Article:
Review: Talk to anyone about Stranger Things and it will only be a matter of minutes before the sensational soundtrack is mentioned. The future retro synths of Kyle Dixon and Michael Stein have a huge impact on deepening the occult feelings you experience when watching the show and that continued through Series 3. Now you can grab the accompanying tracks on neon pink vinyl, which features the vulnerable "You're A Fighter", celebratory 80s synth pop stomps of "Starcourt" and meditative charms of "The Ceiling Is Beautiful" amongst other nuggets of gold. The producers themselves have said this is less a score and more a series of cues, and it certainly got us thinking.
Review: There's no doubt that this brilliant, synthesizer-heavy soundtrack played a key part in the success of Netflix's deliciously odd thriller, Stranger Things. Written and performed by Survive members Kyle Dixon and Michael Steen, it has the right balance between John Carpenter style creepiness, Vangelis-like melodiousness, and the cinematic feel of classic movie soundtrack material. Happily, the streaming behemoth has decided to release two volumes of musical highlights from the series, beginning with this first volume. It's testament to the quality of the Texas-based duo's work that those who've not seen the series should still enjoy it. This is atmospheric, clandestine electronic music of the highest order. Moody, immersive, and reminiscent of the best material from the 1980s.
Review: Hot on the heels of volume one, Kyle Dixon and Michael Stein present a second selection of tracks composed for the soundtrack of Netflix's acclaimed weirdo-thriller, Strangest Things. As with the first edition, the 39 highlighted compositions are built around the duo's obsession with vintage analogue synthesizers and drum-computers, including the Granddaddy of the lot, the pioneering Fairlight "computer musical instrument" (check the woozy CMI choral samples on "I Know What I Saw"). Even if you've not seen the series, the music stands on its own; for proof, check out the ghostly ambience of "Crying", the tightly-wound creepiness of "Danger Danger", and the glistening, sun-kissed bliss of "Talking To Australia".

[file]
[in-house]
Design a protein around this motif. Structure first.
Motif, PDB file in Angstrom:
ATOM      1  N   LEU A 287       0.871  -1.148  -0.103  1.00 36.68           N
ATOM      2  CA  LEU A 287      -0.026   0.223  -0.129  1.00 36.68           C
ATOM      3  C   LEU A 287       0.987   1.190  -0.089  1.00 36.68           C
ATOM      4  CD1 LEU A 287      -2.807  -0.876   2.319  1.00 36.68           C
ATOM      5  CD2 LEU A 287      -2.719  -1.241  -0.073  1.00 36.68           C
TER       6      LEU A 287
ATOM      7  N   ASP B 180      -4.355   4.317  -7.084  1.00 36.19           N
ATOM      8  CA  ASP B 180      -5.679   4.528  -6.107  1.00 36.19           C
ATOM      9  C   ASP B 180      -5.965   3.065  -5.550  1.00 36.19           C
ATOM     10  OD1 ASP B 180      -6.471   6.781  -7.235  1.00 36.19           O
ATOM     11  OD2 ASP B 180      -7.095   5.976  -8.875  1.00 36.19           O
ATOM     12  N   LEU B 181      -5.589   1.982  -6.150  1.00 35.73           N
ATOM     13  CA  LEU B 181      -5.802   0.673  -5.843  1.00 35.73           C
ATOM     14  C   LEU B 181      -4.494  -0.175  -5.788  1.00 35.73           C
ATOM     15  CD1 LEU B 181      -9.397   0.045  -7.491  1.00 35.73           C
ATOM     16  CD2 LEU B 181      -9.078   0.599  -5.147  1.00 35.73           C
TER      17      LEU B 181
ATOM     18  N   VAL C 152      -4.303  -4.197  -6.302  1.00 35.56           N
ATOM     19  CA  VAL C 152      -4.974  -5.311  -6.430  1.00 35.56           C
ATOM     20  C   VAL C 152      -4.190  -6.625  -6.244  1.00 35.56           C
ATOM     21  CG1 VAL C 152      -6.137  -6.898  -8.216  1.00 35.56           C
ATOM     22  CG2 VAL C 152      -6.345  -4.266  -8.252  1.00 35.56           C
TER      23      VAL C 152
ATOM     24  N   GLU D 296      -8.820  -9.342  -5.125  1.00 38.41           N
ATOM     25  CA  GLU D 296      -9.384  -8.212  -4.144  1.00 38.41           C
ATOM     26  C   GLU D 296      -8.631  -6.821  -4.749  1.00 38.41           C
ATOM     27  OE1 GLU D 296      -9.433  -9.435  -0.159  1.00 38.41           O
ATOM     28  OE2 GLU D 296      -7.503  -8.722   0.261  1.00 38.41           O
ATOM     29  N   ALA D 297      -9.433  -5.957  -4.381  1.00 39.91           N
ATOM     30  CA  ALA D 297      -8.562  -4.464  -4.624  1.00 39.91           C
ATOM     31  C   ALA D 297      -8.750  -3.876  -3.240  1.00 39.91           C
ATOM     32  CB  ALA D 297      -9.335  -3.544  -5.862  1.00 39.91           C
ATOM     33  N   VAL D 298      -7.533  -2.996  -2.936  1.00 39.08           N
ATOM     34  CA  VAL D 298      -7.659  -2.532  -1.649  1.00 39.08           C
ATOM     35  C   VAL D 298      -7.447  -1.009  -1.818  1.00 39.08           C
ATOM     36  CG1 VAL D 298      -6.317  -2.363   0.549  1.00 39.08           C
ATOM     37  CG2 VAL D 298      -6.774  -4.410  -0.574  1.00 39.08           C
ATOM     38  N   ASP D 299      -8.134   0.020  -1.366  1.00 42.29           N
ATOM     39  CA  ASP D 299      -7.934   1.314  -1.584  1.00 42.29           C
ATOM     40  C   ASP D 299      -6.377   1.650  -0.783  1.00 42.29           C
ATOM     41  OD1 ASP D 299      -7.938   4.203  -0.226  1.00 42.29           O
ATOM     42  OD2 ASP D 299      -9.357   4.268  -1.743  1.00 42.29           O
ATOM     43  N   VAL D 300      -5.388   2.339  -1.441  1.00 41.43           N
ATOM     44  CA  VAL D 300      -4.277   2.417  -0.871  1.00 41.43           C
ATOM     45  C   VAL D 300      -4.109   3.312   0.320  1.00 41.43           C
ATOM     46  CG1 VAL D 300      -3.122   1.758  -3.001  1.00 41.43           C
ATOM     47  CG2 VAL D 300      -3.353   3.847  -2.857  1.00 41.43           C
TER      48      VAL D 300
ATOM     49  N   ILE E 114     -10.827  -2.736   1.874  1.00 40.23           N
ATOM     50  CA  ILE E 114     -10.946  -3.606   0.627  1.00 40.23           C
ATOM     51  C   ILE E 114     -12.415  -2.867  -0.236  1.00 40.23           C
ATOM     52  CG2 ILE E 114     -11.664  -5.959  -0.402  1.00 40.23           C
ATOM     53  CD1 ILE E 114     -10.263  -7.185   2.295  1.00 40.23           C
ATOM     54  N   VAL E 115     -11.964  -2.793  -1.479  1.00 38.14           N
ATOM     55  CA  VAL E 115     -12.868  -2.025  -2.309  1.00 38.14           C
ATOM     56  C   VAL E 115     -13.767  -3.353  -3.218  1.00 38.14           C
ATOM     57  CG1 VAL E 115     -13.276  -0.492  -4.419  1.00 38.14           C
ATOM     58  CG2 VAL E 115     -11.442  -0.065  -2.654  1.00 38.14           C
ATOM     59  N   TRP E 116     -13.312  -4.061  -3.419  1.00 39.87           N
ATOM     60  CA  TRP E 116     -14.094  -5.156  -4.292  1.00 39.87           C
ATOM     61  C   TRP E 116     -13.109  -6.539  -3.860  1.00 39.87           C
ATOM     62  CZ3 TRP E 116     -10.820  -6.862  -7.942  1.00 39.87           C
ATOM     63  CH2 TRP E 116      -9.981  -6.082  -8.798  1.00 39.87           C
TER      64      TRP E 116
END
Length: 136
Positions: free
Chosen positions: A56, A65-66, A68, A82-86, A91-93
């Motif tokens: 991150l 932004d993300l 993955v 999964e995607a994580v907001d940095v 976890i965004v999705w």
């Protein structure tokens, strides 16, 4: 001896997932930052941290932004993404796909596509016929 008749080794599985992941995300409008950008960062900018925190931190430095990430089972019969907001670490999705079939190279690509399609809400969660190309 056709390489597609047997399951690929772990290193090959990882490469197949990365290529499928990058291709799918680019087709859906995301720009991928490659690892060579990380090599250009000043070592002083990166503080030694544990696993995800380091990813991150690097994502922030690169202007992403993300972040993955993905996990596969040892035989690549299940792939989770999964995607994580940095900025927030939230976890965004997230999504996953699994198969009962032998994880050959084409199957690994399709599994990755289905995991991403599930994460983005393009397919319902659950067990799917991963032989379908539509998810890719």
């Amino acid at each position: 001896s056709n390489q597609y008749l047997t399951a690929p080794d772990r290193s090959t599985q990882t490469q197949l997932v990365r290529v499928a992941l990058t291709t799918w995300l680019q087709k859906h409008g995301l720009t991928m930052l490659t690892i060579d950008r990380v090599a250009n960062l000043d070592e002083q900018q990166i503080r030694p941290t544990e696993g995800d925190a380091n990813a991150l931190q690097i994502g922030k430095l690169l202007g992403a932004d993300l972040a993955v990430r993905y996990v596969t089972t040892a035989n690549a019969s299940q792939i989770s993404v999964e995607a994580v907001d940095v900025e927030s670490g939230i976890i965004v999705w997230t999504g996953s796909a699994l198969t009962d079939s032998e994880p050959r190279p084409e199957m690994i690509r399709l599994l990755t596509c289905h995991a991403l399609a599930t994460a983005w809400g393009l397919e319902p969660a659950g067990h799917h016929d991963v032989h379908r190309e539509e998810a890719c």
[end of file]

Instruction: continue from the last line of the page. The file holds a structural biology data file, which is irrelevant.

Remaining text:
College - "A Real Hero" (feat Electric Youth) (4:25)
Riz Ortolani - "Oh My Love" (feat Katyna Raneiri) (2:48)
The Chromatics - "Tick Of The Clock" (4:46)
Rubber Head (2:57)
I Drive (2:02)
He Had A Good Time (1:32)
They Broke His Pelvis (1:54)
Kick Your Teeth (2:32)
Where's The Deluxe Version? (5:17)
See You In Four (2:31)
After The Chase (5:21)
Wrong Floor (1:19)
Skull Crushing (5:48)
My Name On A Car (2:09)
On The Beach (6:32)
Bride Of Deluxe (4:02)
Review: Originally out in 2012, Cliff Martinez's soundtrack to Nicolas Winding Refn's Drive was a smash hit. While this might not seem out of the ordinary, that is actually no small feat in this day and age; soundtracks have all too often become dispensable and it is rare for people to talk about one with the same sort of praise as this particular thriller. The lead tune is, of course, Kavinsky and Lovefoxx's "Nightcall", a song that is still getting significant playback these days, and one which makes for a strong contender to the best material from electro-pop acts like Daft Punk. "A Real Hero" by College has also made it into the big league since the film's release, along with a number of absolutely timeless, pop-infused r&b ballads like "Tick Of The Clock" by The Chromatics. Cliff Martinez's own material features prominently at the tail-end, of course. A hotly recommended 2 hours of music to accompany any sort of mood.